A friend suggested an inexpensive hotel right around the corner from NYU: St. Marks Hotel.
"It's very basic," she warned. "No refrigerator. No elevator. No doorman. Though the really nice person at the desk has been there for years."
It was just $110 a night - cash only.
My hotel room was up four steep flights and so tiny that it held only two things: a bed and a straight-back chair. But the window opened onto the exciting noise of honking cabs and shouting pedestrians, the room was scrupulously clean, and I had free WiFi.
My first night there, I walked down the many stairs, out the front door, turned right, and, bam! I was in Funkytown.
The street was settled in the early 1800s by immigrants - well-to-do Germans, followed by Jews, Italians, Poles, and Ukrainians. Due in part to its proximity to NYU and Cooper Union, St. Marks Place became a hotbed of communism, and that counterculture vibe has endured. The street has been home to beatniks and anarchists and hippies and drag queens and punk rockers. Everything, it seems, happened there first. Journalist Ada Calhoun grew up on St. Marks Place, and as she wrote in her excellent book, St. Marks Is Dead: The Many Lives of America's Hippest Street, everyone who has ever hung out there has believed his time on St. Marks was the hippest. She quotes writer Malcolm Cowley: "Bohemia is always yesterday."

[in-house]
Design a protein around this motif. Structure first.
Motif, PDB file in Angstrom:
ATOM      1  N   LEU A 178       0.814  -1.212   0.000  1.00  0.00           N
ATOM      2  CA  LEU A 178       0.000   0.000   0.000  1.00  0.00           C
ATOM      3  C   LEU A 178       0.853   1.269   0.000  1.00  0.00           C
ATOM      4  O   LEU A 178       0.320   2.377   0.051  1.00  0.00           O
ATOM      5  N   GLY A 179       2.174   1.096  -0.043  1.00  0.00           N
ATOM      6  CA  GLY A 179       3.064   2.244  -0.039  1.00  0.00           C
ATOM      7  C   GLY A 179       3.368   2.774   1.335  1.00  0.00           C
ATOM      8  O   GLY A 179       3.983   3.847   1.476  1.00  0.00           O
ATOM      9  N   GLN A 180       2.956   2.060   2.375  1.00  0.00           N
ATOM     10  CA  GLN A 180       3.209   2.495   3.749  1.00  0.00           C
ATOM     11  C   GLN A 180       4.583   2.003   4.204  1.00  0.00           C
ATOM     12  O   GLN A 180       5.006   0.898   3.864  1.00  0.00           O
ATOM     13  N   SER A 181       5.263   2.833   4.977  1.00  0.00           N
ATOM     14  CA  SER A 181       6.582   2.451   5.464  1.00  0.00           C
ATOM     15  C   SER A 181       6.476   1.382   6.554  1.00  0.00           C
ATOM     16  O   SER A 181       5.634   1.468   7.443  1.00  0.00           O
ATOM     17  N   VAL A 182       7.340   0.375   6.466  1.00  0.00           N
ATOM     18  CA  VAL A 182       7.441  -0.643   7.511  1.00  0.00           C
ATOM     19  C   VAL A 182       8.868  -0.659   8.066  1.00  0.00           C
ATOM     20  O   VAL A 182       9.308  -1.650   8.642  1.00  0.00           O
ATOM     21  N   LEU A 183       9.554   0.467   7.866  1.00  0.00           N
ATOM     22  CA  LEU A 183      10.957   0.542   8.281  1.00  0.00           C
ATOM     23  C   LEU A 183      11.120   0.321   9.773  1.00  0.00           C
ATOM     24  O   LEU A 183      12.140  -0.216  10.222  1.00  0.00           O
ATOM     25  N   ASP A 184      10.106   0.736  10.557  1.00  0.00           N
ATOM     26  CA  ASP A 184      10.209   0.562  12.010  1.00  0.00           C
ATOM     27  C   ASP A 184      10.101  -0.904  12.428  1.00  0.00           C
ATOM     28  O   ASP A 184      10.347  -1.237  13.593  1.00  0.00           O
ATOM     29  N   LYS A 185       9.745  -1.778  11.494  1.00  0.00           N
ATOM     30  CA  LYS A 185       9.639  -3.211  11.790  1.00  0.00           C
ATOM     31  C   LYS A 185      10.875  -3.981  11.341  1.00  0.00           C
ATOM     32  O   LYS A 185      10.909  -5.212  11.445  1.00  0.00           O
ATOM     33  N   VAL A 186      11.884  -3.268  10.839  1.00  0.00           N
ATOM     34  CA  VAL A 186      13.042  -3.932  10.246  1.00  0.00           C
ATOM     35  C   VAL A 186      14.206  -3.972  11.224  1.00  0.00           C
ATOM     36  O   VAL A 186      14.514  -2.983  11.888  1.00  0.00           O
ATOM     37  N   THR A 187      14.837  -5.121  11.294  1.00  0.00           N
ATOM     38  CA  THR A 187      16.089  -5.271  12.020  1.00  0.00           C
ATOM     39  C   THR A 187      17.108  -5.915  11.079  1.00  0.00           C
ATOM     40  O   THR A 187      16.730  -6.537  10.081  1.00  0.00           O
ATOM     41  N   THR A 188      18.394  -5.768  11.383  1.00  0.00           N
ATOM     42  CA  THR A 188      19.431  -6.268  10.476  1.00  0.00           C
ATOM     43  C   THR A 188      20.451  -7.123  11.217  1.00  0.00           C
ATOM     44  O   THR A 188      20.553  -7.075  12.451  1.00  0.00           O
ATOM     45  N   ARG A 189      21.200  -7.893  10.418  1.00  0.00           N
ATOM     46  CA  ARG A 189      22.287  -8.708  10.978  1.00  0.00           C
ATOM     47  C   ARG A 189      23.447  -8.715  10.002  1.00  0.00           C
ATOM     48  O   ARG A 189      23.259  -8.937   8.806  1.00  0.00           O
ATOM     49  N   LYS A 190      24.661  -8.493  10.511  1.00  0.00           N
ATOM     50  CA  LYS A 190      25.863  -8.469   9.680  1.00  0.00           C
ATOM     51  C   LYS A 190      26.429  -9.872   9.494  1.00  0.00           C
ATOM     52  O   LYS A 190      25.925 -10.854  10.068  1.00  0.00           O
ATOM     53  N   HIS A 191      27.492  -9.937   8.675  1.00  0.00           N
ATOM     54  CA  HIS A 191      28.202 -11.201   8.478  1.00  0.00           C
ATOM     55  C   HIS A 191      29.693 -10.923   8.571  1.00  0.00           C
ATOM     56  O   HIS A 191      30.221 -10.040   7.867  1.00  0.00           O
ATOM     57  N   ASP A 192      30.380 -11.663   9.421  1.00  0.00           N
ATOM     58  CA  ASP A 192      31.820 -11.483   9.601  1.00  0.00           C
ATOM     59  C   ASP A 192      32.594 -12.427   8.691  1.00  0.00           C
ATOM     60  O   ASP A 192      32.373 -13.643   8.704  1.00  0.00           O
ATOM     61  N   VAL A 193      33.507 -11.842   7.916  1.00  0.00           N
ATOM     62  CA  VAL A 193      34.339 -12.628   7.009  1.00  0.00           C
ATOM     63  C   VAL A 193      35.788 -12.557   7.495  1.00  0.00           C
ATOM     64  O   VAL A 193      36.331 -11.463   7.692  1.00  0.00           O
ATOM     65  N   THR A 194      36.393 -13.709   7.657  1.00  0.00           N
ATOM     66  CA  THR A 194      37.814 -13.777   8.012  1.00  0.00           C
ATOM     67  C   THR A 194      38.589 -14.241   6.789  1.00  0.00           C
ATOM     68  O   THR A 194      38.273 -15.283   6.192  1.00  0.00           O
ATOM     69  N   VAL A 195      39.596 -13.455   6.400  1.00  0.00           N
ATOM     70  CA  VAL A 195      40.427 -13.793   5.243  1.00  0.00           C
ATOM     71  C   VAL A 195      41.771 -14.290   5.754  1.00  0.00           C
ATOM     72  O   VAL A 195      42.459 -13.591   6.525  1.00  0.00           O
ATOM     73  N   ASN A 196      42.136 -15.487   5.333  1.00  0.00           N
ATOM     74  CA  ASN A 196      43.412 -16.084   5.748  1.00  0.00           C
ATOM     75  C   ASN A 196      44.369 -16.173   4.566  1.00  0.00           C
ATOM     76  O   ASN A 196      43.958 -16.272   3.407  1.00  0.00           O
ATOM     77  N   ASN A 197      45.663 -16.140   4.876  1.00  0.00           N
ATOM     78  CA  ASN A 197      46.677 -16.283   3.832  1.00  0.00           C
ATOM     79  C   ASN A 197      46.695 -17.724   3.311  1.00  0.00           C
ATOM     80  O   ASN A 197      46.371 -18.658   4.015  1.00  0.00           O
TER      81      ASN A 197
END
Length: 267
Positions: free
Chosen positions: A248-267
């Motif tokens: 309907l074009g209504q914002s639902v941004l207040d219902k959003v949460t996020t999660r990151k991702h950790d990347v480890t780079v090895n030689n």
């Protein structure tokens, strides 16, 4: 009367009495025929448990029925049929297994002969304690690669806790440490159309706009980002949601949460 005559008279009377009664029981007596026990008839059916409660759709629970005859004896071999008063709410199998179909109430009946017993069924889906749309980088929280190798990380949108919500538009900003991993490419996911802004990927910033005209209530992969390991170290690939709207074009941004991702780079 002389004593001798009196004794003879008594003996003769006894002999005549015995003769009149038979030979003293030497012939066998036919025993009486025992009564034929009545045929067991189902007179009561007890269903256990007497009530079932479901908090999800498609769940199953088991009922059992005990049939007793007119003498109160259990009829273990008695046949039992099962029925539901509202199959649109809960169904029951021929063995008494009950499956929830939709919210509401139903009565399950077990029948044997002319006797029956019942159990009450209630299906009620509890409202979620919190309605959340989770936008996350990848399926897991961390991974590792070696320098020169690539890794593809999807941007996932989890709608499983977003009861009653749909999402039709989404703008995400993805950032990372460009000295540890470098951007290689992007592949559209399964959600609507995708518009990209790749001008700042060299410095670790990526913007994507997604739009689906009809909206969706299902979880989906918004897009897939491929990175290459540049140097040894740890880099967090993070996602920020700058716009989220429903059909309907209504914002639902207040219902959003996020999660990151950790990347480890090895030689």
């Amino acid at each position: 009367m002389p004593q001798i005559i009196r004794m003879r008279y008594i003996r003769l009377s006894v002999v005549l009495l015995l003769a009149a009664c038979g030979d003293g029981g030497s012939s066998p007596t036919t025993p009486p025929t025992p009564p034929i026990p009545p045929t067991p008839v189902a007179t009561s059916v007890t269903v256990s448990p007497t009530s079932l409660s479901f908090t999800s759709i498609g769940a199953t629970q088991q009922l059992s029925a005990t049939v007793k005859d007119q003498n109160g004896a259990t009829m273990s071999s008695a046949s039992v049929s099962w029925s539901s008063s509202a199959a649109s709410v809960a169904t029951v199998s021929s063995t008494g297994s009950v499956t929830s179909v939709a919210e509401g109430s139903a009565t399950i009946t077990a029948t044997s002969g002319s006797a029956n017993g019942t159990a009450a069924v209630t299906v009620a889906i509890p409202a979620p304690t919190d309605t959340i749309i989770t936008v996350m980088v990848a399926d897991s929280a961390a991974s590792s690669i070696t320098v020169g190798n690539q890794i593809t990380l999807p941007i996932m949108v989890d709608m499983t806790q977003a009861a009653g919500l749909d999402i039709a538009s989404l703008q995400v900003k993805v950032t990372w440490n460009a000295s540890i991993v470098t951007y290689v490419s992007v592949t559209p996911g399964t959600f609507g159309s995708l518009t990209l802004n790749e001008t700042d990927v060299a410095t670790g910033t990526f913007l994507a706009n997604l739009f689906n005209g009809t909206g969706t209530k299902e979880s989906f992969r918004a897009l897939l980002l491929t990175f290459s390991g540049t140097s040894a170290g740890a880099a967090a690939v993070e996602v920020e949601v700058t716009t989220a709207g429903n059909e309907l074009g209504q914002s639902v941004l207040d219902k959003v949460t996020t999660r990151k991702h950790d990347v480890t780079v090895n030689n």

But as I walked along the street, it still looked pretty bohemian to me.
There were storefronts at ground level, apartments above, leafy trees along the sidewalks, people everywhere day and night (but mostly night) selling things, arguing, laughing, plotting their tattoos ("They're only $13," I heard one girl say), walking their dogs, sleeping in stairwells or on the bench outside the flag-festooned St. Dymphna's Irish bar.
Many of the lampposts sparkled in their own light; over the years, more than 60 lamp poles along St. Marks and elsewhere in the East Village have been decorated with elaborate mosaics by Jim Powers, a white-haired veteran who came back from Vietnam with PTSD and found making public art out of tiny bits of glass, ceramic, mirrors, and coins to be therapeutic.